Knorr talks sustainability for the first time as it looks to ‘democratise’ nutritious food

As one of Unilever’s largest brands, Knorr believes it can drive tangible behaviour change that has a lasting positive impact on the environment and people’s health.

Knorr has joined forces with leading conservation organisation World Wide Fund for Nature (WWF) to launch its first global food sustainability campaign with the aim of raising awareness of more sustainable food choices and ultimately getting people to change the way they eat.

The campaign is accompanied by a new report that identifies 50 plant-based, “future-facing” foods the Unilever-owned brand believes people should eat more of in order to improve their health and reduce the negative impact food has on the environment.

The three areas Knorr is trying to drive behaviour change in are getting people to consume a greater variety and larger amount of vegetables, more plant-based protein in place of meat, and drive variety in the types of grains people are eating, away from ‘monocrops’ such as rice, wheat and maize.

As Unilever’s largest food brand, operating in 90 countries, Knorr believes it can use its scale to effect real change. It also believes people can reduce the carbon footprint of their food by simply changing one ingredient or meal each week.

“We are a 180-year-old brand and have been committed to sustainability for just under a decade,” April Redmond, global vice president of Knorr, tells Marketing Week.

“We haven’t really talked very much about it so thought this is our opportunity to get out there and talk about what we’re doing to help the people we serve and make food better for them and the planet. Because of our scale we can make food available to a lot of different types of people at many different levels within society.”

READ MORE: Brands missing out on £820bn opportunity by not pushing sustainability

The 50 foods are a combination of familiar, although under-consumed, foods such as lentils, wild rice and kale, as well as less globally well-known foods like fonio, pumpkin flowers and cactus. Each has been selected based on its nutritional value, relative environmental impact, flavour, acceptability, potential accessibility and affordability.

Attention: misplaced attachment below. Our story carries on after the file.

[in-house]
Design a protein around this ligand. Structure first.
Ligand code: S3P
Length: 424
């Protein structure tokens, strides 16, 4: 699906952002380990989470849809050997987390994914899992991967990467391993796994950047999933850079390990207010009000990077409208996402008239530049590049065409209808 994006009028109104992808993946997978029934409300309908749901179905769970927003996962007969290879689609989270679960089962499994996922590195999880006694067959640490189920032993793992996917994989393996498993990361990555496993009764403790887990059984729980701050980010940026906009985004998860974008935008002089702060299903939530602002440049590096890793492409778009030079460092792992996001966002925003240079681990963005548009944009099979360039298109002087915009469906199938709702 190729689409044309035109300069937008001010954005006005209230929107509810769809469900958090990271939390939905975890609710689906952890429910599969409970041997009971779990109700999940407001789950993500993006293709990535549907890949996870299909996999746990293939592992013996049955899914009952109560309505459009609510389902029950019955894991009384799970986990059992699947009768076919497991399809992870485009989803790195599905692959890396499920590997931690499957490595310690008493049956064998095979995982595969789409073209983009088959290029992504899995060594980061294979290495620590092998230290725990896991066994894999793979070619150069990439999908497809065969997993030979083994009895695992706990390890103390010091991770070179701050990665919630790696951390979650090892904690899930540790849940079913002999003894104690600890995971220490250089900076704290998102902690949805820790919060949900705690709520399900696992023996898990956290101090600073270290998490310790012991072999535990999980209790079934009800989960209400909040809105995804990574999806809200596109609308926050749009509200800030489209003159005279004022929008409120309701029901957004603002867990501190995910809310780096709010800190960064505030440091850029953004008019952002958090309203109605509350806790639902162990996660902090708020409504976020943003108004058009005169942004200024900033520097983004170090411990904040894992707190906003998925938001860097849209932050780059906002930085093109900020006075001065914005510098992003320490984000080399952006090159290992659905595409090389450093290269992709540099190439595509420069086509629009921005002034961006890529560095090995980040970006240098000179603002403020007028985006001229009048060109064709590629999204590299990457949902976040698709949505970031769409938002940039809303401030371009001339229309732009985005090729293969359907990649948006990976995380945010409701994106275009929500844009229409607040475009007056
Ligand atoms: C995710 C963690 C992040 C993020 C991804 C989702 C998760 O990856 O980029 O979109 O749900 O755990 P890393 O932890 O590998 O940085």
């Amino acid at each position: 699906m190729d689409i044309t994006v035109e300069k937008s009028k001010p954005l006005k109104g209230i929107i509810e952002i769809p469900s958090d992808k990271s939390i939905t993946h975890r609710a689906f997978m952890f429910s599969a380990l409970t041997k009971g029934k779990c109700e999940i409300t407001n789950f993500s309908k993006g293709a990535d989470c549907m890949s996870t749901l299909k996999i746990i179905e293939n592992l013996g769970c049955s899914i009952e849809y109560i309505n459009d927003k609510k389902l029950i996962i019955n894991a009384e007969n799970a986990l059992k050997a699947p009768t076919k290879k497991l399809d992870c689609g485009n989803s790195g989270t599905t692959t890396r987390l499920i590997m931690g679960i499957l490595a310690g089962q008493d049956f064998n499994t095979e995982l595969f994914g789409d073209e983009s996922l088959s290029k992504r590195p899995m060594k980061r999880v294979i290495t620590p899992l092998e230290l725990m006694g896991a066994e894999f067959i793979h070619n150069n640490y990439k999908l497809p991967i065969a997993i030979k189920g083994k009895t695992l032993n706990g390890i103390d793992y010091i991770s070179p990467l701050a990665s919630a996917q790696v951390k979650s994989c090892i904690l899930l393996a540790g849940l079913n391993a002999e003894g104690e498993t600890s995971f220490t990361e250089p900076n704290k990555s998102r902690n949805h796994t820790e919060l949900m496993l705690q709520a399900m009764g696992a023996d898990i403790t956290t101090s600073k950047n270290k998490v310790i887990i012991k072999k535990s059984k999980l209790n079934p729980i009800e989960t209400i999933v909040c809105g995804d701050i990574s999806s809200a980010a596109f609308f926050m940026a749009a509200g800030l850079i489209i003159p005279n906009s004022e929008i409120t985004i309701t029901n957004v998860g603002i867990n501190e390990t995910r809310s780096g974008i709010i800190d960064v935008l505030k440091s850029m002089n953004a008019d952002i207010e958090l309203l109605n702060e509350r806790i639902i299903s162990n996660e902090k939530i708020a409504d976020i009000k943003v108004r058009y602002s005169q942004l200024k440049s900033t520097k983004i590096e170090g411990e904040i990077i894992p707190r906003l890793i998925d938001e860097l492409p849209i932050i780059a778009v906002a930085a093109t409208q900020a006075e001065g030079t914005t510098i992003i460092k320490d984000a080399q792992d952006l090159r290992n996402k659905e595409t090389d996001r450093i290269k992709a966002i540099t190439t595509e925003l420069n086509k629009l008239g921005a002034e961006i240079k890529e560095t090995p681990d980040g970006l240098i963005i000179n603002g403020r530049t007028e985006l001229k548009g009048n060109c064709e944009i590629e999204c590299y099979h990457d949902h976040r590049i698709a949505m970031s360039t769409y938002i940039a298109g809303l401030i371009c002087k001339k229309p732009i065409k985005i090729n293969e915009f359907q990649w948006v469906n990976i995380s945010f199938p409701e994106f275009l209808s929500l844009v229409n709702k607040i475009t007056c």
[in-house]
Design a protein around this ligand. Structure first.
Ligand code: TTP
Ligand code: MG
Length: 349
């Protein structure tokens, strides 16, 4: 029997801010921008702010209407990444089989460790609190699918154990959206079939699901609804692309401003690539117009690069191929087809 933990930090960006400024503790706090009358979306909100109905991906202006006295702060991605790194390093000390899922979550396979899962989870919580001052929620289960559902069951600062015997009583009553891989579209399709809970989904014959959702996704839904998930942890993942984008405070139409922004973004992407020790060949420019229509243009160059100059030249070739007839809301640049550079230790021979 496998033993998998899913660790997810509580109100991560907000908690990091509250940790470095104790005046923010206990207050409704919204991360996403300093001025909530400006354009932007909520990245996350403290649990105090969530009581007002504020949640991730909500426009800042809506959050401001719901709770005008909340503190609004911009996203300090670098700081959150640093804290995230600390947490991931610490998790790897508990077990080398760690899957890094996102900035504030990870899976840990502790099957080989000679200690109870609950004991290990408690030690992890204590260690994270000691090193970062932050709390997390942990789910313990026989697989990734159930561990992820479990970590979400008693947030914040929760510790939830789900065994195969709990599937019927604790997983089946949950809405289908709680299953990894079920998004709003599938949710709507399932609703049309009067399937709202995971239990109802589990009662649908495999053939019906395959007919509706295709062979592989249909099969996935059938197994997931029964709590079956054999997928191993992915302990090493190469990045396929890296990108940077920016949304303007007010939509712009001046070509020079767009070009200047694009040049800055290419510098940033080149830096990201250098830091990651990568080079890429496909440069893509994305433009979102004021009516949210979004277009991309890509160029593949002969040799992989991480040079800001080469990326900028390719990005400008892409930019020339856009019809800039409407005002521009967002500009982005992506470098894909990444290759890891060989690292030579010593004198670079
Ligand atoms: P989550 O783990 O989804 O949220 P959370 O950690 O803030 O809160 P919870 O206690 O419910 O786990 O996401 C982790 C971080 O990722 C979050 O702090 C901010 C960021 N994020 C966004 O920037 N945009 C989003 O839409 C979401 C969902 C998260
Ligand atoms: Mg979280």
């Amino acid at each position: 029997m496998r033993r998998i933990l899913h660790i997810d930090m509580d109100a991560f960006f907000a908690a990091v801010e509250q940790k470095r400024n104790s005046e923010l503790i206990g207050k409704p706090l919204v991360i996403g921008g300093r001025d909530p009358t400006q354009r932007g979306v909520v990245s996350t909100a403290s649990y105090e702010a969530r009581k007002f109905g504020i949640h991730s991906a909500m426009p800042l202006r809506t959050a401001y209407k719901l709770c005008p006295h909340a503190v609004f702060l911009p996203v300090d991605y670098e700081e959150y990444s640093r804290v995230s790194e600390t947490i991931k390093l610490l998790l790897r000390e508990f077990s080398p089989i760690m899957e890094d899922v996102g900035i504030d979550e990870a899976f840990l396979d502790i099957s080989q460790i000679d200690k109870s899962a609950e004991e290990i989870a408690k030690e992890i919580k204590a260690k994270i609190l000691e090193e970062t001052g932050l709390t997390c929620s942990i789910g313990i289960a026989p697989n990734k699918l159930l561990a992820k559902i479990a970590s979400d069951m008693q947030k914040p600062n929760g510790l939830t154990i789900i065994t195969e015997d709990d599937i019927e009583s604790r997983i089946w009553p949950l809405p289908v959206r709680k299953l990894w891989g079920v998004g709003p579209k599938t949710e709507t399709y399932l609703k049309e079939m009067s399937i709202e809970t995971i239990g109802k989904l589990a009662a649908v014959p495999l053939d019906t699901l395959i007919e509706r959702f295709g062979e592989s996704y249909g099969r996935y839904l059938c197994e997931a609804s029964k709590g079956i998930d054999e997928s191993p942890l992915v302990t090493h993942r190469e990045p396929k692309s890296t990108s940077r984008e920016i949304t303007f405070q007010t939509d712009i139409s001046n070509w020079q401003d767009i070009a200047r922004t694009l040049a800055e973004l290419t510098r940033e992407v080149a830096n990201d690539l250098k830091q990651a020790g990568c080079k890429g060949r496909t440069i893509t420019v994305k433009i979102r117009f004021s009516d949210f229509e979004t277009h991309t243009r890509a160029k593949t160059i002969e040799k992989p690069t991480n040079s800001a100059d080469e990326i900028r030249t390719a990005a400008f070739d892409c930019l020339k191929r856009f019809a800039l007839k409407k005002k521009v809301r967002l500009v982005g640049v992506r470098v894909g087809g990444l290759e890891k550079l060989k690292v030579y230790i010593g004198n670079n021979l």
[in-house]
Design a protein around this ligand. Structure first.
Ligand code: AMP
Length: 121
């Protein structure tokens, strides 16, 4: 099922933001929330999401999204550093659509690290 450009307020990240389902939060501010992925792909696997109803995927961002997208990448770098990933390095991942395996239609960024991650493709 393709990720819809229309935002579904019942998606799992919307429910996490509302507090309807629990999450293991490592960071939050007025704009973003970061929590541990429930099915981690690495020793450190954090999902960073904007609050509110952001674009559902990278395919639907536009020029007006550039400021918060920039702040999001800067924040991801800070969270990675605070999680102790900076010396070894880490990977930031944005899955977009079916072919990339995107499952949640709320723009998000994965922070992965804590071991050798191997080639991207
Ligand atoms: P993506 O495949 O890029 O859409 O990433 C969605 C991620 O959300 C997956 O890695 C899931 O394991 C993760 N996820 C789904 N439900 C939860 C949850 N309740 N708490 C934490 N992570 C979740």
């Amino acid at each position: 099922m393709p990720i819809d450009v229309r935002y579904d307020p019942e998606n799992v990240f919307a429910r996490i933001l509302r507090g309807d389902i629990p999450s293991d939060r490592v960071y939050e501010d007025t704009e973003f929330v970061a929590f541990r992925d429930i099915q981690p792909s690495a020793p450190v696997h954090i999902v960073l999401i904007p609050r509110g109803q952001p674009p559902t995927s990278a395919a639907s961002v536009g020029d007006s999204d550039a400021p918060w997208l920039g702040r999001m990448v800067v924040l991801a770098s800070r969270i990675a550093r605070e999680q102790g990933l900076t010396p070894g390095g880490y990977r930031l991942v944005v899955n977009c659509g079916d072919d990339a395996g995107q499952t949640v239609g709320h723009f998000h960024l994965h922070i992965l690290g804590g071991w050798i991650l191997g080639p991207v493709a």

Redmond says Knorr has been trying to “democratise” nutritious food since the company was founded in 1838. In 2019, this involves bringing more sustainable and nutritious ingredients into its products and ultimately getting those on the shelves and selling them to consumers.

While still in the early days of product development, Knorr is looking at substituting mainstream products, such as couscous, with Future 50 ingredients to familiarise consumers with the 50. It will also be using the recipe pages on its website to try and influence what people choose to eat.

WWF’s Living Planet Report, published in October 2018, found that wildlife populations have declined by 60% globally in less than 50 years, with the world’s food system being the biggest driver of biodiversity loss. By 2050, the world population is predicted to increase to ten billion people, adding further pressure to the environment and the global food system.

Meanwhile, as the way food is being grown and produced damages soil, pollutes the air and causes deforestation, the UN Food and Agriculture Organisation predicts the world may have fewer than 60 harvests left if current rates of degradation continue.

“To drive a change of this scale is going to take a coalition approach,” Redmond says, adding that Unilever is currently talking to “lots” of different partners.

“We’re trying to use the opportunity that Unilever presents, but also a big brand like Knorr presents, to convene action around this very important issue.”



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